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  1. Because the Anna Cahn story is not published on the Daily’s Web site, I leave this for you and for whomever else happens to come this way.

    Can’t believe Daily kept “Even though she lives by herself … she has plenty of gadgets around the house to keep herself in good spirits.”
    Then, immediately after this setup, Ms. Cary’s quote says. . . .
    ” … And she has a foot-massager-vibrator thing that she’ll post up on the couch with and use for hours.”

    Wow. Really?

    I know Prazak is an aspiring sex-advice-giver-person, but c’mon. If I were Cahn I’d be pissed. Shouldn’t have kept that in the story, sorry. And you know I’m correct on this one. Tsk tsk.

    Good job on the LBGTQIA story, though.

  2. Just because I’m nice and want to save you all from too much negativity, I’m only going to point out one of the many examples of less-than-stellar reporting. One of the signs that was quoted was, “If there’s one thing I love more than one vagina, it’s two vaginas.” However, it leaves off four VERY important words that grossly alter the meaning of the sign. The sign *originally* read, “If there’s one thing I love more than one vagina, it’s two vaginas *that love each other.*”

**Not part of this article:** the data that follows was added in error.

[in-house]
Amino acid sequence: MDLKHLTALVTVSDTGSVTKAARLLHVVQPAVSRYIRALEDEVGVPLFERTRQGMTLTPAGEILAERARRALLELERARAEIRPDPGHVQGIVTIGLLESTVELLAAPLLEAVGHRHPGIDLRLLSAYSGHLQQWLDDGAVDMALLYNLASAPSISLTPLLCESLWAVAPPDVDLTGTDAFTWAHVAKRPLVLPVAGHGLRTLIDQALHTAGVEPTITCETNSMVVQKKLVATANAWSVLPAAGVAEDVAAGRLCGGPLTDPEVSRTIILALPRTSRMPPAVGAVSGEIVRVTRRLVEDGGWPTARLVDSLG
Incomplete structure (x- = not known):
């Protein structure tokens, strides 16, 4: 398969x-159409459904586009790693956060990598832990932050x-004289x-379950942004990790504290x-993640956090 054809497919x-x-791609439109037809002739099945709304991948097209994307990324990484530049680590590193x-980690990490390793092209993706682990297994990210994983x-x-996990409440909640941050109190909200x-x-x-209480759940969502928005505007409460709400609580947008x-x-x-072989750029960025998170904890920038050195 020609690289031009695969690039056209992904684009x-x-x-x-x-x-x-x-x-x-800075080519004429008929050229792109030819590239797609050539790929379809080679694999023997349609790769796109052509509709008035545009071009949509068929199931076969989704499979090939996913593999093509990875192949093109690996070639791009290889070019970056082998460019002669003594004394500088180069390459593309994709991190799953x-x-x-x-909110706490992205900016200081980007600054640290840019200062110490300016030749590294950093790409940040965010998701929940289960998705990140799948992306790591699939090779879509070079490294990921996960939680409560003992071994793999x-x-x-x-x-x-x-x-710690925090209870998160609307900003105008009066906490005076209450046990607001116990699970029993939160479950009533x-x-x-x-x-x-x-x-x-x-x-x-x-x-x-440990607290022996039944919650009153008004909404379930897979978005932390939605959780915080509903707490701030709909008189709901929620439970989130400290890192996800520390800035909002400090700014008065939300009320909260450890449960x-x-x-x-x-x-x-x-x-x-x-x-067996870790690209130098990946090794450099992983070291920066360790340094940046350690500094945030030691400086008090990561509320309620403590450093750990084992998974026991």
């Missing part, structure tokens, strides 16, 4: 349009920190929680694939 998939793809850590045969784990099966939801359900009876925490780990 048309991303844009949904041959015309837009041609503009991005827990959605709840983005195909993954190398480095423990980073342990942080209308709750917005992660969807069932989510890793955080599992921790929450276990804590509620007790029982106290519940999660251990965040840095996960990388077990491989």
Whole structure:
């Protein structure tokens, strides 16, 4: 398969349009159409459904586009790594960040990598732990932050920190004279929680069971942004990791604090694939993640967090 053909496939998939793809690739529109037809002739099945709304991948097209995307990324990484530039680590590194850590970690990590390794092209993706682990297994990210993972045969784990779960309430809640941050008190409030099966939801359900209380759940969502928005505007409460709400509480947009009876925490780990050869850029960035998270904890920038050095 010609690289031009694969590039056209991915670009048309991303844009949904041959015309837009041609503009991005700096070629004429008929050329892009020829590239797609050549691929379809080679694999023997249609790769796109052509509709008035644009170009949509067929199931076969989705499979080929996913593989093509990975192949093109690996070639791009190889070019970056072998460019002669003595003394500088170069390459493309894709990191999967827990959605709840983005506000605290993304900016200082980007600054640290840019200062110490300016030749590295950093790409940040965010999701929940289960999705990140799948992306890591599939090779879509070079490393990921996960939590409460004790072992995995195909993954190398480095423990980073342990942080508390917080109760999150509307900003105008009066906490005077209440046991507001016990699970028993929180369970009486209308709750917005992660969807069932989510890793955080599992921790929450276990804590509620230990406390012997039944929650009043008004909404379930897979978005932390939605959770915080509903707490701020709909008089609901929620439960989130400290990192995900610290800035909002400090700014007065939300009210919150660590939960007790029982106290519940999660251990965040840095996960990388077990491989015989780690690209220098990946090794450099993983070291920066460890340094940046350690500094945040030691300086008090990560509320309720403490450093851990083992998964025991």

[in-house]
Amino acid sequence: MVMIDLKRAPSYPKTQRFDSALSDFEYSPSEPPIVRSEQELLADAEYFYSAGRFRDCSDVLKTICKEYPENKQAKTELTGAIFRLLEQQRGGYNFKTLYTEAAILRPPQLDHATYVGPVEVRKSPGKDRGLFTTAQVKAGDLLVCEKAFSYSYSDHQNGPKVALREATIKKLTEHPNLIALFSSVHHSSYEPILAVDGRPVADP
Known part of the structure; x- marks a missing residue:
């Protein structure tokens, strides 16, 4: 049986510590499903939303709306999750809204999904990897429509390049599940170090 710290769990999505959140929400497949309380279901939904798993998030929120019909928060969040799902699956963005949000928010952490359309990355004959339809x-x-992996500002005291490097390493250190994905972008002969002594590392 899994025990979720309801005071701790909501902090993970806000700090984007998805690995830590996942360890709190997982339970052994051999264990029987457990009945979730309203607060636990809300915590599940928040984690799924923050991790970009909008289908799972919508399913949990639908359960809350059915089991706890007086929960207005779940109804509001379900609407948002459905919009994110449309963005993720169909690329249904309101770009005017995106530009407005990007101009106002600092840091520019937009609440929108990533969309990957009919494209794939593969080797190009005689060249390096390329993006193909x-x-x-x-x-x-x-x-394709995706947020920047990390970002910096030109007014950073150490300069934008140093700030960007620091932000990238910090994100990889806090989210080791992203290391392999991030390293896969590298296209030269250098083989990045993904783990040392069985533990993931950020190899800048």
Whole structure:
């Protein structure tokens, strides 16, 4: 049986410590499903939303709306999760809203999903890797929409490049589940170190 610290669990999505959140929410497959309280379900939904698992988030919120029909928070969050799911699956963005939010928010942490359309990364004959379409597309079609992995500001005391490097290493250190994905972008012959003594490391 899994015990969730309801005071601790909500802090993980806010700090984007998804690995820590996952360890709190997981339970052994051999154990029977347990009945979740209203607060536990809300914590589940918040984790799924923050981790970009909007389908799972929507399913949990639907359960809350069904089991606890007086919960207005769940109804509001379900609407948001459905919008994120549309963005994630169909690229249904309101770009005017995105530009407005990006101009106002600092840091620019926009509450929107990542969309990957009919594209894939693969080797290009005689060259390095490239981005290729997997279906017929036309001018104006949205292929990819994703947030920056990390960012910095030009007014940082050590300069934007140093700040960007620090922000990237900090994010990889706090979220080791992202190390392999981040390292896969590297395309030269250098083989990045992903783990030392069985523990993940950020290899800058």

Slightly different, no?

    I think the Pride Center should be sent a more experienced reporter for future articles, or at least somebody that actually knows how to properly quote things.

    1. Hey Grossly Misquoted,

      Thanks for pointing out the errors in the story. We regret the errors and they have been fixed.

      — Leticia Rodriguez, editor-in-chief

  3. I apologize greatly for the misquote. I misread the sign, which is why it was misquoted and I apologize for the mistake. I in now way tried to offend. Rather, I thought the sign was clever and quoted it. I completely understand your frustration; it is much more clever with the last part. I tried my best to show the mood and excitement of the scene, and I greatly, greatly apologize for my mistake. In the future, I hope to prove to you that I am proficient at my job. I am just a student writer trying to cover every story the best I can; I am, unfortunately, not perfect.

    1. “… I apologize for the mistake. I in now way tried to offend.”